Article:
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National Tube Works: 1910

National Tube Works: 1910

Pittsburgh, Pennsylvania, circa 1910. "Furnaces, National Tube Works." 8x10 inch dry plate glass negative, Detroit Publishing Company. View full size.


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Those new coal ''gons''

belong to the Lake Shore & Michigan Railway which was mostly owned by Cornelius Vanderbilt and was absorbed into the New York Central in 1914, the LS&MS logo seems to be a large (mail sack) with a lock. Note the small NYC logo before the NYC amalgamation.


I've often hoped to stumble across a railroad car marked LS/MFT, but here we see a couple rather new looking Lake Shore and Michigan Southern hopper cars in the company of the Baltimore and Ohio units. I wonder what track arrangement got that solitary LS & MS car snugged against the bumper? Hardly looks like room for a turnout and a turntable seems unlikely.

Glazier Wanted

for large Tube and Pipe Factory. Must have own tools and access to large quantities of glass. Estimated replacement of 200 panes of glass. All inquiries to Mckeesport Factory site.

Tube City

King's Handbook of New York City, 1892.

The National Tube Works Company, the New-York office of which is at 160 Broadway, conducts one of the gigantic industries of the country. It was originally a Boston institution, and the office of its Treasurer remains there. The New-York office is that of its General Manager. Its principal works are at McKeesport, Pa. The establishment there covers forty acres, thirty being occupied by buildings.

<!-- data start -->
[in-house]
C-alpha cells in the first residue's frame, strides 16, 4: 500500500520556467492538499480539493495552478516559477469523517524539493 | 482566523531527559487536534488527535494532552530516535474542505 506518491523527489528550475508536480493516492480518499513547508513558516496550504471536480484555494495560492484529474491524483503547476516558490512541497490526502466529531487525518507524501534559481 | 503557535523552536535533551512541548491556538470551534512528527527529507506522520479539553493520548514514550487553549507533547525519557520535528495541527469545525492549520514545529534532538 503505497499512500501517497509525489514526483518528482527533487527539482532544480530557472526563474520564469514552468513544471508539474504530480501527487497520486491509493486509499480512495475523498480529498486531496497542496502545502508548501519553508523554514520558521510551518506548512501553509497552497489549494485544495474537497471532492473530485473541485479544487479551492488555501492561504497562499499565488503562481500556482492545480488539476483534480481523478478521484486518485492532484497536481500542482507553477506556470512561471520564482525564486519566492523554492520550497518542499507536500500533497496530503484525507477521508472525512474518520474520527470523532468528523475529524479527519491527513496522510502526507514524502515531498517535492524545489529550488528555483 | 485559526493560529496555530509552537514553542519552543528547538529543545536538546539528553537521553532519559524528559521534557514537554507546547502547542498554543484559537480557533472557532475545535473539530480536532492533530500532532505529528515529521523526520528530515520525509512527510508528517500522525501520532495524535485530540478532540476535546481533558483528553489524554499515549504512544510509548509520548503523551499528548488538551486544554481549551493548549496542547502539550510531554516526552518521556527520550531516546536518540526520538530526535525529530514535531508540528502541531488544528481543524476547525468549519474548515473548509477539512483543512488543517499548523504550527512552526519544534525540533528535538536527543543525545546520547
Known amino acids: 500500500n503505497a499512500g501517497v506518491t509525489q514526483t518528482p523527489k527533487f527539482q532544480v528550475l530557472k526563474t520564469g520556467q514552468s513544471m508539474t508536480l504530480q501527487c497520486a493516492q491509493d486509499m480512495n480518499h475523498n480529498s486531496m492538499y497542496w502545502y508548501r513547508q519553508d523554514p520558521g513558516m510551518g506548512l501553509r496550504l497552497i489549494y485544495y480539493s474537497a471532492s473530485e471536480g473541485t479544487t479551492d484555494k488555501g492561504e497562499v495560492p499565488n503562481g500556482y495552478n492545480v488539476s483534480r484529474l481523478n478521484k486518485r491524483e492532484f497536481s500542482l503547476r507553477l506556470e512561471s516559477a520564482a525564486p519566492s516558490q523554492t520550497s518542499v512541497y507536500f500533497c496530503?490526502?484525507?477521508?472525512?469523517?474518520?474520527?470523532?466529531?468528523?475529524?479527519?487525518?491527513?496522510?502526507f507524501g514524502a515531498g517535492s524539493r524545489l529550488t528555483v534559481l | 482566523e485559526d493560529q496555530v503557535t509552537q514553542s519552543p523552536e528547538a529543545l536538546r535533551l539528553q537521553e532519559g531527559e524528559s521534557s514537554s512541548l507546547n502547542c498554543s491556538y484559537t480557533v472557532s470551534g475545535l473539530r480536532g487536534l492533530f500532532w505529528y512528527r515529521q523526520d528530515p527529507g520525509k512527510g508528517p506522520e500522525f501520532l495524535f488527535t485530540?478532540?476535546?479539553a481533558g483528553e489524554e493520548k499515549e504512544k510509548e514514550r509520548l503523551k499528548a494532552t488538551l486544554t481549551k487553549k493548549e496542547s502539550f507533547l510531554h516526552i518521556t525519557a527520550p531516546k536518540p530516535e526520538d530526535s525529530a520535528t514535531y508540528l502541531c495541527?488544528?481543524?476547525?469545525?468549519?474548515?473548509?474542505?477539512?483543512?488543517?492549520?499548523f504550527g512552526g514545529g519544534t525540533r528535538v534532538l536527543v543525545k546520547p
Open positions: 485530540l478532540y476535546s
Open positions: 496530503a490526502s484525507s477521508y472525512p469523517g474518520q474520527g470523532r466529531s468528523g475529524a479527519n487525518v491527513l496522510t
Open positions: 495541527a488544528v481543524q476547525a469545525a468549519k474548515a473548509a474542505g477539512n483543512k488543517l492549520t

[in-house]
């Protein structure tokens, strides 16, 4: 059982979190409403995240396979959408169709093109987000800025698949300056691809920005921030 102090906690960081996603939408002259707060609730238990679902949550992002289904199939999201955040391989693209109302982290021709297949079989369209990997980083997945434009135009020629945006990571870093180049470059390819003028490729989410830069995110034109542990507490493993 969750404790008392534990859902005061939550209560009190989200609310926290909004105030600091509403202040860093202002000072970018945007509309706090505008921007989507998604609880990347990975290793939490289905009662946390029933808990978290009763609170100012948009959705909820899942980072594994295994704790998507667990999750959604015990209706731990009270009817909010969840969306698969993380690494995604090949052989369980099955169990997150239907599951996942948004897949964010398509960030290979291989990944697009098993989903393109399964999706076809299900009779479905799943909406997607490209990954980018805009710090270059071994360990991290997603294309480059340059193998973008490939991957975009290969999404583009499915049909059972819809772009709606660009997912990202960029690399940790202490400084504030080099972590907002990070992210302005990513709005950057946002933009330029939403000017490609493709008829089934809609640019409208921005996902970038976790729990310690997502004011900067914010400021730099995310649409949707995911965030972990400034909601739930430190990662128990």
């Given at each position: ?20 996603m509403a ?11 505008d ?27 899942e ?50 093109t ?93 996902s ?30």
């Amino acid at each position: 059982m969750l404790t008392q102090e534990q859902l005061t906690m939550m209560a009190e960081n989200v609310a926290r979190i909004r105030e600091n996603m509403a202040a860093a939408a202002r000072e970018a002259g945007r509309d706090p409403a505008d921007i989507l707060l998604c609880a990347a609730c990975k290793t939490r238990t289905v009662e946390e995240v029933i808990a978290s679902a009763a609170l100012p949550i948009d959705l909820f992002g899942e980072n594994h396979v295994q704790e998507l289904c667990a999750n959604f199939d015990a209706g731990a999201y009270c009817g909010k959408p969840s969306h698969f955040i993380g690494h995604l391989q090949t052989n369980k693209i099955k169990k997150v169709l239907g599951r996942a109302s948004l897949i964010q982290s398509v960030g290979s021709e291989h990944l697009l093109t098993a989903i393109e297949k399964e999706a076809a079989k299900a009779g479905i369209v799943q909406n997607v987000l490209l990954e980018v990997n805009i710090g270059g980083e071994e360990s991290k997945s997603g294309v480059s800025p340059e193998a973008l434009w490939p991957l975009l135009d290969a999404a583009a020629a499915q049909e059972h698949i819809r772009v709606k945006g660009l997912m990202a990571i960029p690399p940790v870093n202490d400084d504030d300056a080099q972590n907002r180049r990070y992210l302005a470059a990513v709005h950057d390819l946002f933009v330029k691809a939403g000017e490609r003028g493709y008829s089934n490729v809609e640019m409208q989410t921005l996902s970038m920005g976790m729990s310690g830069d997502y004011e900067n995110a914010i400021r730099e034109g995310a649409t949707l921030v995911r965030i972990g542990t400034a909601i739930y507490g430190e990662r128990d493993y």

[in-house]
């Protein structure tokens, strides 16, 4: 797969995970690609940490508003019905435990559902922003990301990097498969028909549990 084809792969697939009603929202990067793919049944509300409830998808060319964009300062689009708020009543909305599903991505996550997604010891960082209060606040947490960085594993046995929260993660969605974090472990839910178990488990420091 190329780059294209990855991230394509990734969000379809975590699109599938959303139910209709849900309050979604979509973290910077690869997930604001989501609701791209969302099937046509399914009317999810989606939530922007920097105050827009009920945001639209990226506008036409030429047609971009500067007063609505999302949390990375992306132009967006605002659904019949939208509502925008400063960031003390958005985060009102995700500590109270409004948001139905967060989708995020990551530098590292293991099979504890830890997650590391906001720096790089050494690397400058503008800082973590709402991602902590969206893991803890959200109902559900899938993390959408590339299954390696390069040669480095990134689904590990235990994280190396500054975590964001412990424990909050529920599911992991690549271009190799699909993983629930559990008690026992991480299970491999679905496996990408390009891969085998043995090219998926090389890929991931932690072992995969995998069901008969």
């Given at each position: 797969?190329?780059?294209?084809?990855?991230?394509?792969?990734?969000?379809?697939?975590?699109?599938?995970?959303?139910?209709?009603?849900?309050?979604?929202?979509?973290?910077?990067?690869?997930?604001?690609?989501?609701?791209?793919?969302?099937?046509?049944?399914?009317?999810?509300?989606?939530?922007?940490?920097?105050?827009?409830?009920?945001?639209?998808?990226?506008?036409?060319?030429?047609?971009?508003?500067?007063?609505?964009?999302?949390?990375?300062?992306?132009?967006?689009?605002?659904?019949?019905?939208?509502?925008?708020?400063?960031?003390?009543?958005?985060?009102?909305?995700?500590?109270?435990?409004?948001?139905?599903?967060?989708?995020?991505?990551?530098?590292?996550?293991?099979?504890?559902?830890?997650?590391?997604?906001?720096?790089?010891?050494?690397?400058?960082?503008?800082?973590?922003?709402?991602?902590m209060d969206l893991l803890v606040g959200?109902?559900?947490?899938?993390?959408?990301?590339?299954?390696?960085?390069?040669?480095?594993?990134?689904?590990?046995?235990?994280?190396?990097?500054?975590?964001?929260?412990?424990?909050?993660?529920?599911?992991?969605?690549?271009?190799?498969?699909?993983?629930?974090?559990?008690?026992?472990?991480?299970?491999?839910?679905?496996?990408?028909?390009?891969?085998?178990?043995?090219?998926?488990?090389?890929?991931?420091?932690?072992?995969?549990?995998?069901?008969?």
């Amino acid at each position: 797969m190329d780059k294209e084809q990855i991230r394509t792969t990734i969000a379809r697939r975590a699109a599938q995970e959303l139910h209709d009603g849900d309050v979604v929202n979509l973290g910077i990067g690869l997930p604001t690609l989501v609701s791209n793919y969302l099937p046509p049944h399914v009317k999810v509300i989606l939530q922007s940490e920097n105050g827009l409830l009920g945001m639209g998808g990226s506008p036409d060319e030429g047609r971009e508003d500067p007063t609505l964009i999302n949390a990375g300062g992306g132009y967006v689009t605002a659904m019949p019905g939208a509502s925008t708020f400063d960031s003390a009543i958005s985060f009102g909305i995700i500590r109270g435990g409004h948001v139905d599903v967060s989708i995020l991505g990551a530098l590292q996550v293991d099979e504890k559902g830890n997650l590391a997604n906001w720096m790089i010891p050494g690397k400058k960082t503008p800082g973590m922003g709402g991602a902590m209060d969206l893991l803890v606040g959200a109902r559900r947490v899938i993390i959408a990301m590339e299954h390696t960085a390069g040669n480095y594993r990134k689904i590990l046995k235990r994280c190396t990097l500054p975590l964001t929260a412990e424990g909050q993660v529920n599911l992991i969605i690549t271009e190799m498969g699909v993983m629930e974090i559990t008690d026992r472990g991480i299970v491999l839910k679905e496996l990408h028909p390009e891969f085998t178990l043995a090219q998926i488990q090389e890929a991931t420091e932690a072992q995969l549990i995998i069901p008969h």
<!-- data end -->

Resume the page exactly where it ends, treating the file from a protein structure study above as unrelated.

The product includes every variety of wrought-iron pipe, boiler-tubes, pipes or tubes used for artesian, salt, oil or gas wells, rods and columns used in mining, grate-bars, hand-rails, telegraph poles, gas and air-brake cylinders, drill-rods, Converse patent lock-joint, wrought iron kalameined and asphalted pipe for water and gas works mains and trunk lines, and locomotive and stationary injectors.

An important branch of manufacture is that of sap pan iron, kalaineined and galvanized sheet iron, cold rolled iron and steel sheets, and corrugated and curved sheets, for roofs and ceilings. Another speciality is the celebrated "Monongahela" brand of Bessemer, mill and foundry pig-iron.

The company finds a market for its goods not only in the United States but also in Central and South America, Mexico, Europe, Australia, and Africa. The works have a capacity of 250,000 tons of tubes and pipe yearly. The company was one of the first to use natural gas as fuel in the manufacture of iron. The gas is brought from its own wells, through twenty miles of pipe, to the works.

The Monongahela: River of Dreams, River of Sweat, 1999.

McKeesport became a heavy-industry town. It was home to the largest producer of steel pipe and tubing in America, National Tube Company, which opened in 1852. The city's nickname was Tube City. …

Mckeesport is one of the small cities that suffered because of the decline of the steel industry. For a long while after U.S. Steel closed the plant in 1984, the riverside complex was a mass of rubble, grass, trees, and unused buildings. Now much of the old plant has been razed. A mini-mill and a couple small companies have moved into the area, but there is still much vacant land. The former docking facility, from which a bargeload of pipe was shipped every day for so many years, is still idle.

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